b) It’s very limited.
Pricing:
Tumblr’s absolutely free so even if you don’t want to use Tumblr as your primary source, you use Tumblr as kind of a secondary content generation strategy where you’ve got a blog maybe through Wix or Squarespace or WordPress and then you’ve got a Tumblr as well which can generate traffic and push it to your blog.

5. Weebly

 Weebly was created in 2006 and it quickly become a popular platform for building full-fledged websites, ecommerce stores as well as blogs. It has a good interface and a good platform. It has its own drag and drop page builder and a ton of different themes and customizations.
Pros:
a) Weebly installs and maintains SSL across your website. SSL is huge right now and so having a platform that that can do that is really cool.
b) They’ve got no bandwidth or storage caps on their paid plans. So you don’t have to worry about any type of bandwidth limitations.
c) Unlike Wix they remove all their ads with their lowest tiered pricing so if you’re paying you’re not going have ads on your website
Cons:
a) You cannot scale and grow your blog because you will not be able to add things like email marketing and newsletters which you eventually want to have to communicate on a more personal level through email with your audience.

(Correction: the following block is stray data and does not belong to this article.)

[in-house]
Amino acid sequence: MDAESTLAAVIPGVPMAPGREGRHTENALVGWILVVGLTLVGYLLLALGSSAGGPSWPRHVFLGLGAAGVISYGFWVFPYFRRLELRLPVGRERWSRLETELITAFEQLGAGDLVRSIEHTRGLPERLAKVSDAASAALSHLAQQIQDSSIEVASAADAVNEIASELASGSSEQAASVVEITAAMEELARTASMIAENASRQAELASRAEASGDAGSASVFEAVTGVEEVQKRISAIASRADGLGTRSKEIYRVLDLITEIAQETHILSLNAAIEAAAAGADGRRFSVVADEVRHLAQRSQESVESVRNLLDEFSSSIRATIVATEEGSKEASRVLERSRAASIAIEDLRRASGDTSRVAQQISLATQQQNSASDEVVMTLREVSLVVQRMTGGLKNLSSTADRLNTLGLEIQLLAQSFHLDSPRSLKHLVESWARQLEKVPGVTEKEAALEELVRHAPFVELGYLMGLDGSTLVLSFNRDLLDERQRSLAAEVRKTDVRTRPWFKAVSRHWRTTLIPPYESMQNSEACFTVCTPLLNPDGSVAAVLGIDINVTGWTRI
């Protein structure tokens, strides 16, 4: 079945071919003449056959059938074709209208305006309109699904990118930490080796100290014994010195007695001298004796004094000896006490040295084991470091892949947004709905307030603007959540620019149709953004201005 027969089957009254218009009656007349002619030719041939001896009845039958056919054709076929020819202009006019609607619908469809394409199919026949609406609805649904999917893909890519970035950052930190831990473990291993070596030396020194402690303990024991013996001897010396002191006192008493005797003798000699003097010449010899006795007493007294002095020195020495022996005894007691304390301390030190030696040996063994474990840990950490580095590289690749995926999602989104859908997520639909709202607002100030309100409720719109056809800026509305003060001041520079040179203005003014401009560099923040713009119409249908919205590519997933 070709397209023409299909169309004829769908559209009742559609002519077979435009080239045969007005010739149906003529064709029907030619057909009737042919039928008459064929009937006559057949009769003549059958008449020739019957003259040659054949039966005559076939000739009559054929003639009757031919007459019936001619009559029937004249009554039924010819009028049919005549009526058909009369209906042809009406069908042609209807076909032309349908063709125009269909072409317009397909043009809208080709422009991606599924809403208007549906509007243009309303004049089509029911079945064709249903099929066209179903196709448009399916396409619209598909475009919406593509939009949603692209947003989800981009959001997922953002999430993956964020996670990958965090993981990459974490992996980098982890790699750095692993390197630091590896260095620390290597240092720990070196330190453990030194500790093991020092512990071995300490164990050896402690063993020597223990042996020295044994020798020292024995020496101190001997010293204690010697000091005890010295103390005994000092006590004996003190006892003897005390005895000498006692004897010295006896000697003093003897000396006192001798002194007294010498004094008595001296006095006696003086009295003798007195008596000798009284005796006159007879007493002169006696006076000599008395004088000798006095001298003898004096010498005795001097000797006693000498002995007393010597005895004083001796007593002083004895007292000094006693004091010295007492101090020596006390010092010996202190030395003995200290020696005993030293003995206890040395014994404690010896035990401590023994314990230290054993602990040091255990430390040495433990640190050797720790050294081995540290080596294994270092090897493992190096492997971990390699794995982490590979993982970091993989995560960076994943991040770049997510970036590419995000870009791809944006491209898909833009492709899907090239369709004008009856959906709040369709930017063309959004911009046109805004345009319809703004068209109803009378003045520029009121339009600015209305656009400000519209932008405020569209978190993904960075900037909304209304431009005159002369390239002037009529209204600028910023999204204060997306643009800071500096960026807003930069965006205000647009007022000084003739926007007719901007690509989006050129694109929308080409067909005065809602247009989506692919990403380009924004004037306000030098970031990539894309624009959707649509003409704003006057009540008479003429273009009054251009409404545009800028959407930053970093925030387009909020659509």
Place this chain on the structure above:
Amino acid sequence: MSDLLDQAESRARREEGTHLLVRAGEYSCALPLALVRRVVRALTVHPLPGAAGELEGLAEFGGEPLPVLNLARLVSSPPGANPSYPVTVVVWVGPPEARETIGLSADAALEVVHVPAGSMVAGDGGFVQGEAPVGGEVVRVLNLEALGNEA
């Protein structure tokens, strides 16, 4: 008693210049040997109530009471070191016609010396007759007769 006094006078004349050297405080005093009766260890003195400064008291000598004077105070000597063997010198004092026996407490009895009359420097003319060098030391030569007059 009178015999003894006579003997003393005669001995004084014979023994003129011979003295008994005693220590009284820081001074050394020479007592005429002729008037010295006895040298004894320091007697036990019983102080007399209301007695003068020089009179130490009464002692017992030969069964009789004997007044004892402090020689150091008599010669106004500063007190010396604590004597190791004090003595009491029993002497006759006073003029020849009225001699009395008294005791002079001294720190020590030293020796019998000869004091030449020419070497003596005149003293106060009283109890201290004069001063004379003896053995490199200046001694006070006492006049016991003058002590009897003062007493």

b) No content management system except being able to move pages around within the Builder.
Pricing: Plans starts at $8 a month. If you pay annually they’ve got a pro plan which is $12 a month, a business plan which is $35 a month and then their performance plan the very top one it comes in at 46 bucks a month.

6.Blogger

Blogger has been around since 1999 and it is one of the first blog publishing platforms which popularized the blogging format. Google bought Blogger in 2003. Blogger offers a limited number of templates on the platform and they give the option to connect your own custom domain through Google’s own servers.
Pros:
a) It’s completely free. So you don’t have to pay anything for it.
b) It’s really easy to access and start your first blog post.
c) They can link your own custom domain so if you do have your own domain you can link it to your blogger.
Cons:
a) There are limited amount of templates.
b) Google owns your blog so if they shut down your blog and you really built a big audience around that, you’re out of luck.
c) There’s almost non-existent support for the platform
Pricing:
It’s completely free so if you don’t have a blog, if you want to just write freely and want your thoughts out on computer I would suggest you to start on blogger.